Getting the Sector 28s to seat on the RS500s required a whole cartridge for the first wheel. The second one went on with a trackpump. Unfortunately, after about two or three hours the tyres were down to about 20psi. There were no evident leaks around the tyre bead or valve – it turned out to be micro-leaks through the Sector tyre wall. The Sector doesn't have a Butyl liner in the sidewall, and the combination of that plus the latex-free Slime Pro sealant means an airtight system couldn't be established. This is no slight on either product - the Sector 28 is a highly-regarded tubeless tyre that got 4 stars from road.cc. Rather, the lesson is that this combination is to be avoided.

The next combination I tried was a pair of Schwalbe One tyres on a new pair of Cero AR24 wheels, which needed some encouragement with decent levers to go on but nothing unseemly. This time one wheel held air from the start – 100psi, well over the likely user pressure. The other was down to 20psi after a few hours, but no sidewall leaks at all.

After a bit of investigation I came to the conclusion that it must be the Gorilla tape leaking in some way, so added another layer. This time the wheel held air fine.

After a week the first wheel started losing air, so I added another tape layer. Again, success. The tape had some marks where I hadn't been careful enough with the tyre lever, the second was unmarked – so the only conclusion I could draw was that after a few days of air pressure bulging the Gorilla tape into the spoke holes, there were enough micro-leaks in a single layer to make a difference.

On the road

The ride of the Cero/One combo is nothing short of a revelation, running what most would consider to be barmy pressures of 70psi rear/40psi front. My rider + bike combo weighs 83kg, with the recommended pressure for 28mm tyres being 80 rear, 50 front for a 15 per cent tyre drop.

The stiffer sidewalls of the tubeless One made for a harsher ride than the same size clincher + tube at these lowish pressures, but going 10psi lower still transformed the ride into smooth, fast, comfortable and grippy. This is comparing them with the class-leading puncture-resistant Continental GP 4 Seasons 28mm – so high praise.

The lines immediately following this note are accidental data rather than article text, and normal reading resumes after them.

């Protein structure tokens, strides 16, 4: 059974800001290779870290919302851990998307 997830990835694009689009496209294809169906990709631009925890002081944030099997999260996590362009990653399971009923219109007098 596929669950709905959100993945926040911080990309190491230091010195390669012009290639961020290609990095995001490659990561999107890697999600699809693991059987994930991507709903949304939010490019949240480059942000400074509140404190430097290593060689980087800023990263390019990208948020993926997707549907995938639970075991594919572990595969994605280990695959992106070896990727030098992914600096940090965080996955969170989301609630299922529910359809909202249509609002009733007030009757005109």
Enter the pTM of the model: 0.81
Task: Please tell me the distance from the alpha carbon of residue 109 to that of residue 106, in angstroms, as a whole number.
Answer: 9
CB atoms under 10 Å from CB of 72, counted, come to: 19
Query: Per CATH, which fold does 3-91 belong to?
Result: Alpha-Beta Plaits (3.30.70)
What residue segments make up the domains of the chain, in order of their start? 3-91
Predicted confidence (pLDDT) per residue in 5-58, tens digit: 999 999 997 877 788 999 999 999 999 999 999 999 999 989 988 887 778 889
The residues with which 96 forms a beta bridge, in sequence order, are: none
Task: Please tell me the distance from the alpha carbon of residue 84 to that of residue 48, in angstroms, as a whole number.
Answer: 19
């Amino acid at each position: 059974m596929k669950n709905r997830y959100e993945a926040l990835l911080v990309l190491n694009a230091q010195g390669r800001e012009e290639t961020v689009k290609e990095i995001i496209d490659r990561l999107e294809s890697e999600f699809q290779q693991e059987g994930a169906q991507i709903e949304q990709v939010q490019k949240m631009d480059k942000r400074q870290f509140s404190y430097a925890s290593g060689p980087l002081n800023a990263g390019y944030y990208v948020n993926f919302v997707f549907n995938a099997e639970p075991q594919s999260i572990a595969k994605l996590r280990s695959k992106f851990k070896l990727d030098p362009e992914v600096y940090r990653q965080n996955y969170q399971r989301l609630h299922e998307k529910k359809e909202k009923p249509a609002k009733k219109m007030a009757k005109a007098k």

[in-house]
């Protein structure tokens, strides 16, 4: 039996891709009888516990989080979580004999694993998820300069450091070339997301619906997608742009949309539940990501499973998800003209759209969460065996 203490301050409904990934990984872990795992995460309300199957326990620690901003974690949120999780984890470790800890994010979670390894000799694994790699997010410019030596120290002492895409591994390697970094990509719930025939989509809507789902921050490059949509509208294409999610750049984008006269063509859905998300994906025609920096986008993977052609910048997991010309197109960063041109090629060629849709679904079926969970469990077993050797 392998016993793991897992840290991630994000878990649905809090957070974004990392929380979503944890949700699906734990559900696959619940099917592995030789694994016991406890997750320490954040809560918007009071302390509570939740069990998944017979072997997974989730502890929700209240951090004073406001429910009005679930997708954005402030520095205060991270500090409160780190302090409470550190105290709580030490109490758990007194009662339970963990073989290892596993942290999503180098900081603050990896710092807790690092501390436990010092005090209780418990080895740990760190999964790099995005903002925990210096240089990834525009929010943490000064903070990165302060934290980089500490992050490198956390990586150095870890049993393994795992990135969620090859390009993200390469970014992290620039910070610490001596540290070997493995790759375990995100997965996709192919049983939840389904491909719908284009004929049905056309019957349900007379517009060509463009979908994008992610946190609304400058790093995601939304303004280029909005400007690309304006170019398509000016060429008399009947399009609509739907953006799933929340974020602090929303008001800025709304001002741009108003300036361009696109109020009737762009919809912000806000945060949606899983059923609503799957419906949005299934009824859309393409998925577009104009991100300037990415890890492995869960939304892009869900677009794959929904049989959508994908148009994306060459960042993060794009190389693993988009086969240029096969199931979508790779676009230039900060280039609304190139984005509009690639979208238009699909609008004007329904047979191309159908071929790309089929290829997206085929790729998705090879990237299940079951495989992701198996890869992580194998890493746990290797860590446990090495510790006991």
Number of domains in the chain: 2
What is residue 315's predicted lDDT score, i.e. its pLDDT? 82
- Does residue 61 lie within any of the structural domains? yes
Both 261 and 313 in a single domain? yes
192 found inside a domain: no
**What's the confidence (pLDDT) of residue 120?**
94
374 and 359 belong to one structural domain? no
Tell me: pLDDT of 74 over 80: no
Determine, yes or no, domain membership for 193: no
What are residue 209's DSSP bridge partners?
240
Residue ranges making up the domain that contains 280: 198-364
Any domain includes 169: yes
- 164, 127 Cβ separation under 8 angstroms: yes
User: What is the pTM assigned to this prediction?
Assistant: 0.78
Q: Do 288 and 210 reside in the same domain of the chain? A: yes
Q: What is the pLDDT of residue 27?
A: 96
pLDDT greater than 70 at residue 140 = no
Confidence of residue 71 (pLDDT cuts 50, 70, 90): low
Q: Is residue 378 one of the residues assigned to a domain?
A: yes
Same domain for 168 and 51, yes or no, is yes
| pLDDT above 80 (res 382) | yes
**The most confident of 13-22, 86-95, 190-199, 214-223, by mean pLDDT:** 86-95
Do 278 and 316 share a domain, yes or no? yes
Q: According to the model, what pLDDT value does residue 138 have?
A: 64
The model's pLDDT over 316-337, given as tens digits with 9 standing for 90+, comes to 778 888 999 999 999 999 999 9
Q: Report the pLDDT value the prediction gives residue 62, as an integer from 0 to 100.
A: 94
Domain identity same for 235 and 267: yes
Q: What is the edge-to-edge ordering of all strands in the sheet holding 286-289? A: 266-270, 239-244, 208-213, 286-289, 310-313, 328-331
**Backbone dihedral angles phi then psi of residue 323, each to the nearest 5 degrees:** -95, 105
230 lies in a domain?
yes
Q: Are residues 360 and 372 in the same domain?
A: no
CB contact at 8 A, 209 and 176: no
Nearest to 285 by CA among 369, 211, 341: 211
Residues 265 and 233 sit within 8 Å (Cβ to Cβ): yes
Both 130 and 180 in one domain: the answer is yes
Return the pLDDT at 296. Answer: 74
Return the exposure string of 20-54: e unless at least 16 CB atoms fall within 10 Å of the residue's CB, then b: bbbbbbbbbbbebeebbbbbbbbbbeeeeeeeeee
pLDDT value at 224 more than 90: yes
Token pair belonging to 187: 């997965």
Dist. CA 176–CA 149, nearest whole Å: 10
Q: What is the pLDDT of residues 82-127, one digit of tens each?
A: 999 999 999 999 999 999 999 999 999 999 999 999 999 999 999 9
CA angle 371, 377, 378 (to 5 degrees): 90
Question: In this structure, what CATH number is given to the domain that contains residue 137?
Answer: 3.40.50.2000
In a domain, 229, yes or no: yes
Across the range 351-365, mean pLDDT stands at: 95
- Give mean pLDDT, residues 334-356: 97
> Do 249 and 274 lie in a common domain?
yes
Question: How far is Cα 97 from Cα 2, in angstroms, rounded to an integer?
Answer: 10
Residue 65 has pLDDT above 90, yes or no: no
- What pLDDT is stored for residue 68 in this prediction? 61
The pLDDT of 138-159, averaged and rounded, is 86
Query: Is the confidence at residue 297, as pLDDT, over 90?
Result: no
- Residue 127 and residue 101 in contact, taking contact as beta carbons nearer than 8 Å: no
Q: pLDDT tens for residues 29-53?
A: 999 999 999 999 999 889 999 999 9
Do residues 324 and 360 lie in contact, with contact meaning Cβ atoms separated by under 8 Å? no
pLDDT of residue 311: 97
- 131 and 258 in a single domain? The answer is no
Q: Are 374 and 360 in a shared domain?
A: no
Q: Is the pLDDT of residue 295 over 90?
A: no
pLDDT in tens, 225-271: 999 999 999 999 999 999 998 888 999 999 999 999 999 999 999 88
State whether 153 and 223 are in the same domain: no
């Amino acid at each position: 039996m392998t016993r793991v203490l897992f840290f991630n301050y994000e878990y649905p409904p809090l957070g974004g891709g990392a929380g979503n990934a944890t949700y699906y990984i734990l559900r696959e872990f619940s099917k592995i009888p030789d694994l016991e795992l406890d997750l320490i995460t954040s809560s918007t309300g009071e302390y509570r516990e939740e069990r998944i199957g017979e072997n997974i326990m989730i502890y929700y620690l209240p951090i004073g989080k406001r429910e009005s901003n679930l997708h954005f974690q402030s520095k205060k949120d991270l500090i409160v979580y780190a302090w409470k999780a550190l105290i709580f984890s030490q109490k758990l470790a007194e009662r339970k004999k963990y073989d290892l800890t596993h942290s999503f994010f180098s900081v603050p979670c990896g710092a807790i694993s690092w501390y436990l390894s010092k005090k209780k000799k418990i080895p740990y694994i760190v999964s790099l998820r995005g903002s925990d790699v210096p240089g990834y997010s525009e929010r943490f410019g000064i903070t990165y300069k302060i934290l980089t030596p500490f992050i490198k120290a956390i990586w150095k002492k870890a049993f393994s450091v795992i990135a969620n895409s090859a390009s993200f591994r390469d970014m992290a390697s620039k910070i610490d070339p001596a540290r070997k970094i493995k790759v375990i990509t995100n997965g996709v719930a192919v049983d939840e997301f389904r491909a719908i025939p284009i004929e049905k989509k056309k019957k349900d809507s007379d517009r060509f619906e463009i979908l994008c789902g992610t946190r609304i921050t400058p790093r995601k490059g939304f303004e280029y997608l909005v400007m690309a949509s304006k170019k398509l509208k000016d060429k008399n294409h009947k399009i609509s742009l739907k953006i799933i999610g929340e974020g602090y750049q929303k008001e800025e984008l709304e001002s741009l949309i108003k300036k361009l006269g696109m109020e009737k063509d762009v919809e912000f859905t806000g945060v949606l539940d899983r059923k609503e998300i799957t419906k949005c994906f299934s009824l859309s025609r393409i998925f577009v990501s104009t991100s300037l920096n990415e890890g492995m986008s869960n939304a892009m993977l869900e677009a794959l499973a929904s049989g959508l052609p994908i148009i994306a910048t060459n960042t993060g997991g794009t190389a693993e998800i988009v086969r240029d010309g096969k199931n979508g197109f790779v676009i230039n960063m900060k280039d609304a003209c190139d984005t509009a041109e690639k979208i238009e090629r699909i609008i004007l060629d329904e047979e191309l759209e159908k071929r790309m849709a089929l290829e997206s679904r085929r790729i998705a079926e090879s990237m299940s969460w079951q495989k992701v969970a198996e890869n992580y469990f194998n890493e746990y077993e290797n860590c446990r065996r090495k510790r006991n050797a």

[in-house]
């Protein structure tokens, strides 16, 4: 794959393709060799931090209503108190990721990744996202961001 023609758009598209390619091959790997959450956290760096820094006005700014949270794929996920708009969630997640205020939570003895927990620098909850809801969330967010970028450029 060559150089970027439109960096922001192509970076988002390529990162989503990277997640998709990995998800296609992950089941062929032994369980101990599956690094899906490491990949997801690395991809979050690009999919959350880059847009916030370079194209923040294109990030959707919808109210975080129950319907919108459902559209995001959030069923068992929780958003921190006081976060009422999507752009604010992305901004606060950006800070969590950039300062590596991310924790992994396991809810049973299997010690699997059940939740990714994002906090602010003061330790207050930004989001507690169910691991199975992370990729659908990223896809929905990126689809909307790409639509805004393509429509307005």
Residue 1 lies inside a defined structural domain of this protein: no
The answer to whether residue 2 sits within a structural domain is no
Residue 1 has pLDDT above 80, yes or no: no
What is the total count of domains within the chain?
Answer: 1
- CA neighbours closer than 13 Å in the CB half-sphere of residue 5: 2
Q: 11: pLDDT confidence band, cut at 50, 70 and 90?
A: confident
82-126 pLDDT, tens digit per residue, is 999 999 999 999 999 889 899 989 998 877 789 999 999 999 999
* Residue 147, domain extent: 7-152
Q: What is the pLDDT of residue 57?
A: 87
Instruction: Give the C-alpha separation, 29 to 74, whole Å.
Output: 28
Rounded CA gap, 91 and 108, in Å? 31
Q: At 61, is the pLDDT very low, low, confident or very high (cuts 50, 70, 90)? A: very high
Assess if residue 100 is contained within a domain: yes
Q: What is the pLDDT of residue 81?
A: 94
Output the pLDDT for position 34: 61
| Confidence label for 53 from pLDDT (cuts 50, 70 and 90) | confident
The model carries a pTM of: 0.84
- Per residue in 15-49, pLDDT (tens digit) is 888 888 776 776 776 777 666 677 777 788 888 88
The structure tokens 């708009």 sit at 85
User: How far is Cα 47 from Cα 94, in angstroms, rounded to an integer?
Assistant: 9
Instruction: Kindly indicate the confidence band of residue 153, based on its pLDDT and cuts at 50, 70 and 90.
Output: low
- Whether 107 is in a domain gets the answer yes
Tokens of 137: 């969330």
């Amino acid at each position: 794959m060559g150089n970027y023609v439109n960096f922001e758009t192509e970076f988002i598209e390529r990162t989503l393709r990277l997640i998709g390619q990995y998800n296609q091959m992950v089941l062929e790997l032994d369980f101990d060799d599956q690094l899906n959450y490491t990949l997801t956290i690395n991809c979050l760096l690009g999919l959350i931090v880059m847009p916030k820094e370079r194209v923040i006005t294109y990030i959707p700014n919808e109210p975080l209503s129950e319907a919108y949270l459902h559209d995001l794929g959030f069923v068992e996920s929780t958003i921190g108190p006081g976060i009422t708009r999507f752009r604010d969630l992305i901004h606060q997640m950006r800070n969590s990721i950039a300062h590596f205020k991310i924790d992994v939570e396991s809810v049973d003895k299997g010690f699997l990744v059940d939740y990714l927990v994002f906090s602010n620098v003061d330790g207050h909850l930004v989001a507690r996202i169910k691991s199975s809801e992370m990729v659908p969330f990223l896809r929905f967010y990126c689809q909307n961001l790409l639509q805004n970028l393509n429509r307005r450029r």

Rural Hampshire roads being what they are, a few decent potholes were whanged – the sort that would have you wincing and then stopping to repair the inevitable double snakebite – but such outcomes were non-existent with this tubeless setup.

I tried the same taping and sealing on a pair of Raleigh Probuild wheels with Alex CX28 rims. Again, two layers of tape and the system held air just fine.

As a process for converting to tubeless, the Slime Pro kit works. It was even easier with a pair of Mavic Ksyrium SLR alloy clinchers, as they feature a rim/spoke design where the rim is sealed – no spoke holes needed taping. So a short strip of tape over the valve hole to assist the rubber valve block in achieving airtightness, Schwalbe Ones on with a reasonable but not outrageous use of levers and, hey presto, fat and comfy rubber on a nice light wheelset.

Long-term maintenance

I've been running the Schwalbe One + Cero AR24 setup for about three months and around 1,500 fast, hilly, flinty kilometres with no problems at all. Once a week 10psi or so needs adding, but nowhere near what was needed using a standard clincher/tube setup, which had to be topped up every few days.

The only maintenance issue I struck was after a month or so the valves started to get a bit clogged. When topping up with air, if there's even a drop of sealant inside the valve, undoing it to add more almost inevitably requires a press on the valve core – which then sprays a tiny bit of sealant through the valve itself. Over time this solidifies, eventually blocking the valve – hardly surprising, it is a coagulant, after all.

The sealant does such a good job it's impossible to unblock the valve using wire or high-pressure air. The solution is to unscrew the valve core completely once a month using the included valve tool, remove it, and unscrew the small knurled head off the valve completely (this requires pliers the first time as it's peened over to prevent it falling off when unscrewed).

Once you've removed the head you can take the core of the valve right out and get rid of the offending plug of solidified sealant. Your valve core is now as-new and can be re-installed – just don't unwind the head too far when out and about. Although if you do it's not the end of the world, as air pressure will hold the valve closed. Considering the benefits tubeless brings, as an extra maintenance step it's not onerous – just remember to do the knurled-head-peening-removal when you first install the valve, and take the tiny valve tool along so you can remove any blockage when out in the wilds.